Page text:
Ensemble Elyma

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EMS20100919

Lucie Skeaping presents a concert of Latin American music from Ensemble Elyma at Greyfriars' Kirk in Edinburgh, as part of the 2010 Edinburgh International Festival.

This concert attempts the impossible: to reconstruct the sound of a colonial fiesta, in this case the Fest of Our Lady of Guadelupe, in the city of La Plata (also called Chuquisaca, and now known as Sucre, in Bolivia).

The Latin American fiesta was, and remains the meeting-point par excellence of a variety of cultures, practices, expressions and people.

It takes place under the guise of a religious celebration, but it is open to other kinds of expression and sometimes generates cultural tensions and contradictions.

The openness of the fiesta blurs the boundaries between sacred and profane, individual and collective, and momentarily lifts social and moral barriers.

In other words, the fiesta creates a space and a time that are qualitatively distinct.

Much that is impossible in everyday life may become a reality during the fiesta.

By the 18th Century, the Guadelupe festivities lasted for ten days and included a striking succession of events of various kinds.

On the eve of the feast, the picture of Our Lady of Guadelupe was removed from its chapel and brought into the cathedral, where it remained until the end of the celebrations.

For the next ten days, Masses were said almost without interruption all through the morning and daily Salve services were sung in the afternoon.

The latter consisted of a Latin or bilingual Salve Regina, the Litany of Loretom and sometimes also a motet of villancico.

This concert comprises four of these services, all of which present one or two large pieces by the composer Roque Jacinto de Chavarria, as well as smaller motets or villancicos.

Lucie Skeaping presents a concert given by Ensemble Elyma at the 2010 Edinburgh Festival.

EMS20100919

Lucie Skeaping presents a concert of Latin American music from Ensemble Elyma at Greyfriars' Kirk in Edinburgh, as part of the 2010 Edinburgh International Festival.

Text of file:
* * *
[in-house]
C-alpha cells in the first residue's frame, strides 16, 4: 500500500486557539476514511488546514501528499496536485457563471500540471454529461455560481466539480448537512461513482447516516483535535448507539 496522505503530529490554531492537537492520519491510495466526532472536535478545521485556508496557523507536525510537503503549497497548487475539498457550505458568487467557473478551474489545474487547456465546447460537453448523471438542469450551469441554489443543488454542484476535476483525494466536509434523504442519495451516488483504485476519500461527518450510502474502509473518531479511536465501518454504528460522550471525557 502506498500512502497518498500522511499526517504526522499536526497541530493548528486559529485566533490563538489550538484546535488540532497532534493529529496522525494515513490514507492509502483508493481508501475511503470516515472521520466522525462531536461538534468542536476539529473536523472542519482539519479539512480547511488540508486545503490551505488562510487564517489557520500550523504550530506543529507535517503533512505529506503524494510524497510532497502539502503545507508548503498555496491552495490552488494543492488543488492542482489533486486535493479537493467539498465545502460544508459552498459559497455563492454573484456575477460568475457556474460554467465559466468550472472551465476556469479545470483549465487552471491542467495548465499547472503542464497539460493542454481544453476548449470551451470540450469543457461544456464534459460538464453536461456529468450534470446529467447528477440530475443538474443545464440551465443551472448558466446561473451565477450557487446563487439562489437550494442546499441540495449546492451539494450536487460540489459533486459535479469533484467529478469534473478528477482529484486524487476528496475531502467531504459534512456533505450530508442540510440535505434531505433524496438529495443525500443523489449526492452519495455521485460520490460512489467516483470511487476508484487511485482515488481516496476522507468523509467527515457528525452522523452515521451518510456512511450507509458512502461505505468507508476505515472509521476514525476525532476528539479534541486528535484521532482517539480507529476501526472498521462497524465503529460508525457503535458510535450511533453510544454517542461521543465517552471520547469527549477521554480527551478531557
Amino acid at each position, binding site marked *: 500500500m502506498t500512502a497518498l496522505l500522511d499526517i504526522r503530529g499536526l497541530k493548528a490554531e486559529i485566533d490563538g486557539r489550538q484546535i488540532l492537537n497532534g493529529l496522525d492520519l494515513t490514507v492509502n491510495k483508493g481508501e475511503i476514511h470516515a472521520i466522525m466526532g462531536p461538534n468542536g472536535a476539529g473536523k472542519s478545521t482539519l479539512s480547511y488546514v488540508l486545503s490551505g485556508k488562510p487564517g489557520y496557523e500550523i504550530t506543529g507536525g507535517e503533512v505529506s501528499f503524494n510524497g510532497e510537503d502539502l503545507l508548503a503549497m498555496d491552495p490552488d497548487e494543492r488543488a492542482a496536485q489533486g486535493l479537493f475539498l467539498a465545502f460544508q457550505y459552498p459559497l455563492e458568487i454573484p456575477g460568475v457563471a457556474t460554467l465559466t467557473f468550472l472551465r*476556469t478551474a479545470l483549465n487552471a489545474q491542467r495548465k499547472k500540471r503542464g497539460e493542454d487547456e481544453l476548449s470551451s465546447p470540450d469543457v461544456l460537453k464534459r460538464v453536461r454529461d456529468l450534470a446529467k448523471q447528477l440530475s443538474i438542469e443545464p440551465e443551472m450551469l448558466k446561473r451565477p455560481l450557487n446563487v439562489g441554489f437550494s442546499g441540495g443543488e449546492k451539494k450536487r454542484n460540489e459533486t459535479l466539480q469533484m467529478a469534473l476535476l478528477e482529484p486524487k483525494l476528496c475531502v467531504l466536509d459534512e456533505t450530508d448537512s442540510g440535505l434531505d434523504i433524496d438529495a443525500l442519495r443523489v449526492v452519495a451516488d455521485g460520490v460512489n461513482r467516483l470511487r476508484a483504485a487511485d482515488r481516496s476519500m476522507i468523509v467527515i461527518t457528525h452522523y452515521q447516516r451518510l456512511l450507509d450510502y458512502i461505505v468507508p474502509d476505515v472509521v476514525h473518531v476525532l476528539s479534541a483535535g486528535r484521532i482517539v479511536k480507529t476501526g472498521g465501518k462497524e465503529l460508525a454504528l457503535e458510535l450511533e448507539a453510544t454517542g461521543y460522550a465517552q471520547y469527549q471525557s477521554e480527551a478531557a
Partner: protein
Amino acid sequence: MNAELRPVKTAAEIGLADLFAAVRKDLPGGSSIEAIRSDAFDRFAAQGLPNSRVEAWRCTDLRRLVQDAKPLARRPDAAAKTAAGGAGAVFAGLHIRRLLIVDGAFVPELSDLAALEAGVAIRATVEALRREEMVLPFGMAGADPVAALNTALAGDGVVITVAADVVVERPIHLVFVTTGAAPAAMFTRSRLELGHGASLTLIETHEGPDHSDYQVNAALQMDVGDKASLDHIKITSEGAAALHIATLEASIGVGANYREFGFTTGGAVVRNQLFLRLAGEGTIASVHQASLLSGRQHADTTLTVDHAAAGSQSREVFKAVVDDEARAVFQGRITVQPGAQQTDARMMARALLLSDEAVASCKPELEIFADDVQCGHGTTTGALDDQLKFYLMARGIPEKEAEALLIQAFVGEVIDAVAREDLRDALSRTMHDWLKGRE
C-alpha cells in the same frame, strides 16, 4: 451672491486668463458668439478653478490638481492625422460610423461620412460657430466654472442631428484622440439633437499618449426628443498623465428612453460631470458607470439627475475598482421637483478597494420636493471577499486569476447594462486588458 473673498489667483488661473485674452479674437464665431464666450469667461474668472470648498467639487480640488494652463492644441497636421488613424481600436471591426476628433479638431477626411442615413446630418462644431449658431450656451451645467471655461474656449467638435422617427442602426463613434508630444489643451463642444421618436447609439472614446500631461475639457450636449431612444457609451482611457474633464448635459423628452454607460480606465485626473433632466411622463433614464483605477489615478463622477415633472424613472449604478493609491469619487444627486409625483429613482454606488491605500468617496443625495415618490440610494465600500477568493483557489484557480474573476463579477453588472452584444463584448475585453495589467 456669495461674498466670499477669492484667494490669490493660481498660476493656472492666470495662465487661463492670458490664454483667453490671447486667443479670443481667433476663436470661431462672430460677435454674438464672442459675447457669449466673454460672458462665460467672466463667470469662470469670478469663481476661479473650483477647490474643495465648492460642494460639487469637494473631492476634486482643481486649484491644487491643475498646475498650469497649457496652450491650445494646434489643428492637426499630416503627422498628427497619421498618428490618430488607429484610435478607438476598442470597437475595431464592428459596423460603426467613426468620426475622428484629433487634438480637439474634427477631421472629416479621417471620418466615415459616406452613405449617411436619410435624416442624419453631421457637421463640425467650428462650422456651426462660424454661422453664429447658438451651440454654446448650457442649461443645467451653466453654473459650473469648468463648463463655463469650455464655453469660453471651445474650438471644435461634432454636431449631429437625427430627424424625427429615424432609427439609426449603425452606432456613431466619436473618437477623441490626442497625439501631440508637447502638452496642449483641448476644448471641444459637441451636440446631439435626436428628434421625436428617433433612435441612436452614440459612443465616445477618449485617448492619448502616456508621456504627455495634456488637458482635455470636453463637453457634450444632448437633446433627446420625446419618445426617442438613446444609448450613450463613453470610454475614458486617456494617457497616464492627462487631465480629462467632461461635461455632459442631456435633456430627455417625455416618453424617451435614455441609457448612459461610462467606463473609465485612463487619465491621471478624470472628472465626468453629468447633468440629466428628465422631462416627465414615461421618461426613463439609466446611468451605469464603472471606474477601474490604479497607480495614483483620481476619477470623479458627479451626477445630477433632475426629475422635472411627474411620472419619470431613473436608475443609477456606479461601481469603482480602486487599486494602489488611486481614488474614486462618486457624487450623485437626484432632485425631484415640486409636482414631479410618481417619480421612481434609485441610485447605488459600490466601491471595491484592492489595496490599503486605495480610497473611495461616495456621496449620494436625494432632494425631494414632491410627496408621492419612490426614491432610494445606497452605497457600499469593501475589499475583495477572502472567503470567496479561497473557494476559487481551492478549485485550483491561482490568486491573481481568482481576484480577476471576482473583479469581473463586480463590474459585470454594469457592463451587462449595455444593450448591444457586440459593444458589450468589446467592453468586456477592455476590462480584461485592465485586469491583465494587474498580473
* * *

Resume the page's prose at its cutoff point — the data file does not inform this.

This concert attempts the impossible: to reconstruct the sound of a colonial fiesta, in this case the Fest of Our Lady of Guadelupe, in the city of La Plata (also called Chuquisaca, and now known as Sucre, in Bolivia).

The Latin American fiesta was, and remains the meeting-point par excellence of a variety of cultures, practices, expressions and people.

It takes place under the guise of a religious celebration, but it is open to other kinds of expression and sometimes generates cultural tensions and contradictions.

The openness of the fiesta blurs the boundaries between sacred and profane, individual and collective, and momentarily lifts social and moral barriers.

In other words, the fiesta creates a space and a time that are qualitatively distinct.

Much that is impossible in everyday life may become a reality during the fiesta.

By the 18th Century, the Guadelupe festivities lasted for ten days and included a striking succession of events of various kinds.

On the eve of the feast, the picture of Our Lady of Guadelupe was removed from its chapel and brought into the cathedral, where it remained until the end of the celebrations.

For the next ten days, Masses were said almost without interruption all through the morning and daily Salve services were sung in the afternoon.

The latter consisted of a Latin or bilingual Salve Regina, the Litany of Loretom and sometimes also a motet of villancico.

This concert comprises four of these services, all of which present one or two large pieces by the composer Roque Jacinto de Chavarria, as well as smaller motets or villancicos.

Lucie Skeaping presents a concert given by Ensemble Elyma at the 2010 Edinburgh Festival.